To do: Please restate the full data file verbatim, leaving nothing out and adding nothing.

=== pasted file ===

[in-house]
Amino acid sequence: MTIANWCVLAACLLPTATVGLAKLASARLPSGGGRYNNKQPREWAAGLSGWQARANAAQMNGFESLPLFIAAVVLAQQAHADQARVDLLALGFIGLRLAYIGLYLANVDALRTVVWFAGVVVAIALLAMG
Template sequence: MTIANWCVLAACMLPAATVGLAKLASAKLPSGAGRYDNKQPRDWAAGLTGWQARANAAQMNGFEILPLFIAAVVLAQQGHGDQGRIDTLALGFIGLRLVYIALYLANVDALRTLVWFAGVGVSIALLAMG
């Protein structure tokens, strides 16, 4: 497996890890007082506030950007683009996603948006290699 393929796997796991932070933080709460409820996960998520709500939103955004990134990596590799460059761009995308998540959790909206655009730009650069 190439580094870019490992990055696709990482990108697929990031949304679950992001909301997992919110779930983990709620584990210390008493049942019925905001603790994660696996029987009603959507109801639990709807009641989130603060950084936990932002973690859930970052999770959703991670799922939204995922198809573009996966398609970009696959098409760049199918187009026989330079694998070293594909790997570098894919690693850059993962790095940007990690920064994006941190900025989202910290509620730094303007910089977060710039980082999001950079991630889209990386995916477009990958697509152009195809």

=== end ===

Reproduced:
[in-house]
Amino acid sequence: MTIANWCVLAACLLPTATVGLAKLASARLPSGGGRYNNKQPREWAAGLSGWQARANAAQMNGFESLPLFIAAVVLAQQAHADQARVDLLALGFIGLRLAYIGLYLANVDALRTVVWFAGVVVAIALLAMG
Template sequence: MTIANWCVLAACMLPAATVGLAKLASAKLPSGAGRYDNKQPRDWAAGLTGWQARANAAQMNGFEILPLFIAAVVLAQQGHGDQGRIDTLALGFIGLRLVYIALYLANVDALRTLVWFAGVGVSIALLAMG
């Protein structure tokens, strides 16, 4: 497996890890007082506030950007683009996603948006290699 393929796997796991932070933080709460409820996960998520709500939103955004990134990596590799460059761009995308998540959790909206655009730009650069 190439580094870019490992990055696709990482990108697929990031949304679950992001909301997992919110779930983990709620584990210390008493049942019925905001603790994660696996029987009603959507109801639990709807009641989130603060950084936990932002973690859930970052999770959703991670799922939204995922198809573009996966398609970009696959098409760049199918187009026989330079694998070293594909790997570098894919690693850059993962790095940007990690920064994006941190900025989202910290509620730094303007910089977060710039980082999001950079991630889209990386995916477009990958697509152009195809």